Linda Nylind; Graeme Robertson for the Guardian
Impeccable Table Manners

Henry and Emily

 2019. Probably the same permanently ablaze sea container, but with a ‘9’ crudely daubed over the now-faded ‘8’ that was there before, let’s face it. I’ve trapped my finger twice this morning – first in the dishwasher door, then my iPad keyboard – so let’s press on before my laptop slams down and renders my digits useless.

This week, Henry and Emily. No, not two characters from an amateur dramatics play being performed in Esher this spring, but actual humans, 26 and 23 respectively, with Henry claiming to be a software engineer and Emily a masters’ student.

No full-length view today because my iPad is being weird (and also intent on crushing my fingers) so let’s just straight on with reading the date before I leap in there with bons mots, caustic zingers and, let’s be real, some moisturiser.

Henry on Emily | Emily on Henry
What were you hoping for?
A fun evening with someone willing to look silly in the paper. That, or a good story.
A miraculously wonderful evening to tell the grandkids about, or a catastrophically bad one to share with friends.

OK, so I am banning “that, or a good story” for 2019. But it’s true, isn’t it? A bad date might be painful at the time but it can give you infinite mileage if you’re not one for small-talk, or one of those people who pretends they hate attention and then, three Jagerbombs later, you’re working that circle of friends like they’re the audience in an off-Broadway preview. Bad date stories bring us together because, by now, almost everyone you know has been on one. The slobbery kisses, inappropriate innuendo, gross politics, terrible habits, that one huge flake of dandruff that floated majestically from his hair on to your hand as you pulled him toward you by his tie – in the comfort of our friends we can laugh about it.

First impressions?
Relief that we were both dressed up to the same degree.

I get the feeling Henry is one of those guys for whom  the dress code “smart casual” is an instant trigger. Button-down Oxford or regular shirt? Jumper over shoulders or over shirt? Brown boots or brown shoes? Which chinos? The beige, the beiger, or the beigest? It’s a minefield, Hen, hun.

Anyway I had a quick peek at the venue and it’s one of those pubs in Belsize Park that serves, among other things, pizza. But, like, artisan Romano pizza, not regular pizza. The kind of pizza you could only eat at a taxi rank if your watch were worth more than the car your date refused to give you a lift home in.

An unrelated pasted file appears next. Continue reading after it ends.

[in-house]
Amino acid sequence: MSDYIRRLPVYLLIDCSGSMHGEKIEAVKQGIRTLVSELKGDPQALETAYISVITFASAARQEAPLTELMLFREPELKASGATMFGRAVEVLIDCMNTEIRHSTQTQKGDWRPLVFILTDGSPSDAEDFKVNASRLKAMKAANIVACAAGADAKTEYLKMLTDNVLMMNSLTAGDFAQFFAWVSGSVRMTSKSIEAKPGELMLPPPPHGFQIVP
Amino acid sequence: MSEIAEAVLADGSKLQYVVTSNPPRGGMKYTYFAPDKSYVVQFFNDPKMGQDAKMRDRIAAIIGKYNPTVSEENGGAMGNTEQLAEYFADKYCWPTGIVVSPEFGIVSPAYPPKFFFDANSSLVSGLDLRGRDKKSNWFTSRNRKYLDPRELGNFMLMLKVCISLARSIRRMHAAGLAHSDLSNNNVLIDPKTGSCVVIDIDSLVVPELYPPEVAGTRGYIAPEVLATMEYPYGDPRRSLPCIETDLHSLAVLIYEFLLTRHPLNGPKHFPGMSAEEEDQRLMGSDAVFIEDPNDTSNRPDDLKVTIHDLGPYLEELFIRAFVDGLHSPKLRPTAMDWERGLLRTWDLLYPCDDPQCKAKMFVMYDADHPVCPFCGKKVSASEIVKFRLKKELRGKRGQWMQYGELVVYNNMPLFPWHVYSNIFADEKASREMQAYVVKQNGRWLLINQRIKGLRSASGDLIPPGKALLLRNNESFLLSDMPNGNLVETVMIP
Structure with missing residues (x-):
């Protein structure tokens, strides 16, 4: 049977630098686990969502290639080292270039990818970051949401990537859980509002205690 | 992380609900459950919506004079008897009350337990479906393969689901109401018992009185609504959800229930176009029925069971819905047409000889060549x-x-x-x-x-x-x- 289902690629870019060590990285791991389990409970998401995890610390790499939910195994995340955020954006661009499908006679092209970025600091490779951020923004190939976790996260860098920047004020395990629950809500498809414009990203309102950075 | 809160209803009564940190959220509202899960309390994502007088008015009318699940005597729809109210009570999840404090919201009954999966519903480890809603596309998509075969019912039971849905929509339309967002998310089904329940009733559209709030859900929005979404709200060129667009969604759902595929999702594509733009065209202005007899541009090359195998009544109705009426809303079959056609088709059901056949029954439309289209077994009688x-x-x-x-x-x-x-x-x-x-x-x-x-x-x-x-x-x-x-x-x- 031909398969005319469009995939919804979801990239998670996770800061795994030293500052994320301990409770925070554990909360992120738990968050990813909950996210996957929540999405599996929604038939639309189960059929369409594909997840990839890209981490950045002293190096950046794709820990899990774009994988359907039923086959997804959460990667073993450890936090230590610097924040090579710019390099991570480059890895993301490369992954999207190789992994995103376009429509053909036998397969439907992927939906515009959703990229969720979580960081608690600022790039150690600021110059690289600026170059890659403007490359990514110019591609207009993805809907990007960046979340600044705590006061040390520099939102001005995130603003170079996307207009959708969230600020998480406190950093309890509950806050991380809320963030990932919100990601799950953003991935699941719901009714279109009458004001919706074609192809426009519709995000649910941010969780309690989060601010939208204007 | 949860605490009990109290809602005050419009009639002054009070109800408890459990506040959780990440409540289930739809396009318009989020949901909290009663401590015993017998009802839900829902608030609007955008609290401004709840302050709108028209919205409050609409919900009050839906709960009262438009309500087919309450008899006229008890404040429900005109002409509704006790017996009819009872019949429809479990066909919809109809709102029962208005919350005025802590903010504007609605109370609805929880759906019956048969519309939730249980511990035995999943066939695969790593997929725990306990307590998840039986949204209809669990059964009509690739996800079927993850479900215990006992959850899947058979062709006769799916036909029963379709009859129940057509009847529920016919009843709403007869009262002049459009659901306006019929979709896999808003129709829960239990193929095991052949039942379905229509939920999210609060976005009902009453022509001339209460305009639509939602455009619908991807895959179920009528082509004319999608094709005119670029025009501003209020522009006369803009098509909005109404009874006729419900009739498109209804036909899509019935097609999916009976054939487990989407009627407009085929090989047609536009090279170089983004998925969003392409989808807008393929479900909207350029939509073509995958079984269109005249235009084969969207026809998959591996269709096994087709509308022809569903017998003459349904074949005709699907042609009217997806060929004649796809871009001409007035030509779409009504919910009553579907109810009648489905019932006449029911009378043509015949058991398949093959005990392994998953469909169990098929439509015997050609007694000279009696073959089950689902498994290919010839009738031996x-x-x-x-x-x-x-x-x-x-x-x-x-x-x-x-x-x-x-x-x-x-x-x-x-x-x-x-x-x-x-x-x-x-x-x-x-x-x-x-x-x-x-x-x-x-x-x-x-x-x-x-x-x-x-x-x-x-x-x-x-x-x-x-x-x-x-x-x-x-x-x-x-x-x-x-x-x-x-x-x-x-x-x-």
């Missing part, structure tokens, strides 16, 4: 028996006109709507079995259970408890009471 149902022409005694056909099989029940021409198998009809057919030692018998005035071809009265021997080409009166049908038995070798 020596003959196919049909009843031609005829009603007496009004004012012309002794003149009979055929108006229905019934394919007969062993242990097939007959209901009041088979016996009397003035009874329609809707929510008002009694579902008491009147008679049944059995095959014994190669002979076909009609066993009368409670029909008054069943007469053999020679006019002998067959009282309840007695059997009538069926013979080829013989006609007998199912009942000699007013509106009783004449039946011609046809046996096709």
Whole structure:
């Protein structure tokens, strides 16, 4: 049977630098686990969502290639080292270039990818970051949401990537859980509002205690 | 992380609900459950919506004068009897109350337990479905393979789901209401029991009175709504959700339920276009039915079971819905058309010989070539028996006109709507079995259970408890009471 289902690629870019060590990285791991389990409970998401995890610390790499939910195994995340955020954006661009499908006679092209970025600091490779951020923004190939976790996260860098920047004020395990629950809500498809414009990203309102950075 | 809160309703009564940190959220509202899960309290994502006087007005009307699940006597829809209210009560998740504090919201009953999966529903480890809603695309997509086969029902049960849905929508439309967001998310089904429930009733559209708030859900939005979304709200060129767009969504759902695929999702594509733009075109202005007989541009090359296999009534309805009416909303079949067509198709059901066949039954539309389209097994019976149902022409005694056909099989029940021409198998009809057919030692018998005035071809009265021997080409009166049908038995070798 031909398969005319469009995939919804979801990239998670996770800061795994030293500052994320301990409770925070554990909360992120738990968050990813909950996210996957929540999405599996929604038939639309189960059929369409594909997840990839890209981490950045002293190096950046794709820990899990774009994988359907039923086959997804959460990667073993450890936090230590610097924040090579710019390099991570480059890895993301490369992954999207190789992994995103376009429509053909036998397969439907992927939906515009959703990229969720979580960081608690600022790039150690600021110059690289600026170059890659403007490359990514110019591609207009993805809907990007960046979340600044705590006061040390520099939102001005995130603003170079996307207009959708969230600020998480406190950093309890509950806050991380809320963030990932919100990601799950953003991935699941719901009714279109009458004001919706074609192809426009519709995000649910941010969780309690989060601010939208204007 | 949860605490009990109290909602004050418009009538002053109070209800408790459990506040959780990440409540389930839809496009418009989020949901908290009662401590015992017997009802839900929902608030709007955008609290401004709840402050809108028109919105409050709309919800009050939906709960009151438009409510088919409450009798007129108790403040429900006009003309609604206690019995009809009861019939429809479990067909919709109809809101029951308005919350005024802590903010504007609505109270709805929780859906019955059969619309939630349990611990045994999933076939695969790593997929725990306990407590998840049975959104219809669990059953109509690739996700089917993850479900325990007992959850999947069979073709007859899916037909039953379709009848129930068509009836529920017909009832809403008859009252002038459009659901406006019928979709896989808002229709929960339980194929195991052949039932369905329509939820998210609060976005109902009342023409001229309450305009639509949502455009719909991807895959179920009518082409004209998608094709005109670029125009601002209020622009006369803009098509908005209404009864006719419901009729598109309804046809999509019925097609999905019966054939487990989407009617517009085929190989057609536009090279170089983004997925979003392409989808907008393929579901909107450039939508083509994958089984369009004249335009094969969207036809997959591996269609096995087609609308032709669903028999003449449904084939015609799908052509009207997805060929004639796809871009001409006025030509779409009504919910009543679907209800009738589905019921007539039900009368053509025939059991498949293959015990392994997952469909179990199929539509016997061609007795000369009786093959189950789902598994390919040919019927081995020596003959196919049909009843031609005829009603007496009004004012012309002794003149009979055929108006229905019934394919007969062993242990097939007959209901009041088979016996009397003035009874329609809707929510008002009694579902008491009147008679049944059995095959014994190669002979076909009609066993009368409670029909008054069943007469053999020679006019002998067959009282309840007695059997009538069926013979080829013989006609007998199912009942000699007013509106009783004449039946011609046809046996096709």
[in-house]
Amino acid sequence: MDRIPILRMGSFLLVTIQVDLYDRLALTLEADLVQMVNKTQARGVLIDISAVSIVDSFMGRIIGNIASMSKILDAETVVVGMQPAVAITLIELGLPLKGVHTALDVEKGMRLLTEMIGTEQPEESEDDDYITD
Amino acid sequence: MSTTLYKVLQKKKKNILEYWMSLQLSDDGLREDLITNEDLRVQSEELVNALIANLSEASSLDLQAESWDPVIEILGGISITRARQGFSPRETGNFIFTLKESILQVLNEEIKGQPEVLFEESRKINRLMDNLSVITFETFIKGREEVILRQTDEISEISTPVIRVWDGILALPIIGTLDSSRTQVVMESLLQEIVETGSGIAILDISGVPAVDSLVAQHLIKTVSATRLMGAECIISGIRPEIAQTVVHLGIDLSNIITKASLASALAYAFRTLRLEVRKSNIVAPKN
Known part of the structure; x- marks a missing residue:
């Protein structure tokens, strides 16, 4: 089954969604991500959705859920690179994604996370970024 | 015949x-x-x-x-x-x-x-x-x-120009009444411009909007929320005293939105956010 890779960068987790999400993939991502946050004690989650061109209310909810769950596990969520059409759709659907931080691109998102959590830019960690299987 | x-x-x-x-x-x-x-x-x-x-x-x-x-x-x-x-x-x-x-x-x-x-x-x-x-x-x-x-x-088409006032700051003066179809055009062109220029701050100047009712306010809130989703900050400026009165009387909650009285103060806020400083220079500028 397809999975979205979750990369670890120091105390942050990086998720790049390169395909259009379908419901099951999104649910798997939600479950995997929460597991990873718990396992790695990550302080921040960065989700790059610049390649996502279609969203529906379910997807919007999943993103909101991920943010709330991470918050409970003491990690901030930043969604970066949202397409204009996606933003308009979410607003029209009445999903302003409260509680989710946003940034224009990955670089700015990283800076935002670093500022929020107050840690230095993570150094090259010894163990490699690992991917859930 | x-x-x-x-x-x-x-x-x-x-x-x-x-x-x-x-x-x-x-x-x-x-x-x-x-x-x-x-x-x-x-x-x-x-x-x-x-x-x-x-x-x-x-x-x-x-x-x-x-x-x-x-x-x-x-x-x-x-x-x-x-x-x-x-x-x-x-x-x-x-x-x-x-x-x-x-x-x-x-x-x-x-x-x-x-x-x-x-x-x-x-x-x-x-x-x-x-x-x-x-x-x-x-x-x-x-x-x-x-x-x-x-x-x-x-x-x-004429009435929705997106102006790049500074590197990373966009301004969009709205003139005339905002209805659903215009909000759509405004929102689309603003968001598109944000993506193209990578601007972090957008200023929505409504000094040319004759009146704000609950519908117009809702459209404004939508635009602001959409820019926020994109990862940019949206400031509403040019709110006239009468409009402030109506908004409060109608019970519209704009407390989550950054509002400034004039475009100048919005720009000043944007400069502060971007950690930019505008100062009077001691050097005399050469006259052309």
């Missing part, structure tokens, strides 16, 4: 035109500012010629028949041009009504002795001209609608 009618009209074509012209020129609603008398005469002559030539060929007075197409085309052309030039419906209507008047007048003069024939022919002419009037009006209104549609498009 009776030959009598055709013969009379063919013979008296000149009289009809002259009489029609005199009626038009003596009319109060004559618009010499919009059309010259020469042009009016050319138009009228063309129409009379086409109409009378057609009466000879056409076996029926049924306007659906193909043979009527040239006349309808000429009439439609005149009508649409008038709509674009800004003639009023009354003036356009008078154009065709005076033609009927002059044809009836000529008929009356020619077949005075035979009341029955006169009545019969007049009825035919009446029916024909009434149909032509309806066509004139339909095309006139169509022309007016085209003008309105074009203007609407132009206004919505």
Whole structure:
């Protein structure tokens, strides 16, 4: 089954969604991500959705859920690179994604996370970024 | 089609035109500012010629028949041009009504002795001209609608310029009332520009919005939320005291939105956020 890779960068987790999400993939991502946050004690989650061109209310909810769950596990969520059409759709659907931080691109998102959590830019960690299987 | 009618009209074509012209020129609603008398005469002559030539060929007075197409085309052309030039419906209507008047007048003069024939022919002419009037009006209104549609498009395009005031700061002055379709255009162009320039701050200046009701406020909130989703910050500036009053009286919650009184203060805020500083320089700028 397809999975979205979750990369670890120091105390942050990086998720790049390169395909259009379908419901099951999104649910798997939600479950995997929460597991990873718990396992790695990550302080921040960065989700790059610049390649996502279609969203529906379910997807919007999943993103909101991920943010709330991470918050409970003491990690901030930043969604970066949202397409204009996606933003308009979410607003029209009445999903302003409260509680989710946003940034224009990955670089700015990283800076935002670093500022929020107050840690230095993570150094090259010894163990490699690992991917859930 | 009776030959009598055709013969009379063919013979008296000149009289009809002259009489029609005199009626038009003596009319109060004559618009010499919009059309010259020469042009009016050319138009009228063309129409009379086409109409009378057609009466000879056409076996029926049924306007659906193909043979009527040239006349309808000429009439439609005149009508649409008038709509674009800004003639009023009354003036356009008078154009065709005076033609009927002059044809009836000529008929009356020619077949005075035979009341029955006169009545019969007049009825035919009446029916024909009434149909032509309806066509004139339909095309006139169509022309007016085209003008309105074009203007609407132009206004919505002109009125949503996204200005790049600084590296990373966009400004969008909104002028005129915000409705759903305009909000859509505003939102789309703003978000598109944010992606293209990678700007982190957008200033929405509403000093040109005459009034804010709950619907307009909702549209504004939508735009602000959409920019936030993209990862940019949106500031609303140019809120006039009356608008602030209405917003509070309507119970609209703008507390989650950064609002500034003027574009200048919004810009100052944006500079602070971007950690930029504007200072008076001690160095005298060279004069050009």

First impressions?
Relaxed, tall and welcoming.

Like… Big Ben ten seconds after stubbing out a joint. Oh I’m getting ahead of myself aren’t I?

What did you talk about?
Growing up around snakes, the army reserves, open-water swimming, data privacy.
Tumble turning when swimming, the perils of living in Australia

Swimming
Snakes/Australia ✅ Right? That’s a match, yeah?
Data privacy ❌ I thought we all agreed after the summer of GDPR and all those stories about Cambridge Analytica – which has always to me sounded like a yoga studio with a visiting shrink who asks you about your mother in a windowless room among piles of boxes of powdered chai latte and spirulinaccino – that we could never talk about data again?! Oh hang on, software engineer – they’re talking about his job. Jobs worth mentioning on a date, whether you’re asked or not: wing-walker; Princess Diana’s crystals guru; famous actor who has seen everything

Any awkward moments?
She asked for my number as the doors opened for her to get off the tube.
My miscalculation of the number of tube stops meant I had to fling myself off before the doors closed.

You. Have. Jumped. Too. Far. Ahead.

I mean, if the doors opened, and you were about to give you her number, why not… step off the train, hand it over and then get on the next one? My grandma always said that clever people’s curse was that they had no common sense.

Good table manners?
Yes. She was unapologetic ordering steak after hearing I was trying to be pescatarian.

I don’t fully understand. Good table manners? “Yes, and then she said, ‘fuck your pescatarianism – not particularly a thing, btw – because I’m having a steak, and I’m going to eat it with my hands, blood raw, and smear the lot of it over your face when I’m done. More wine?’ and threw her head back in maniacal laughter.”

Maybe she was apologetic? Or maybe just confident? Or really wanted a steak? Anyway, if you were only “trying”, and there’s every chance she’s only going to meet you once, why should she forego a colossal, free steak at some snootery in Belsize Park in case it offends your sensibilities which, it appears, are temporary and performative. You get your steak, honey. Life is long.

Good table manners?
I deliberately did not order the mussels to avoid scoring poorly on this question.

Best thing about Emily?
Her conversation: we had to keep telling the waiter to come back because we hadn’t looked at the menus.
He can talk about anything.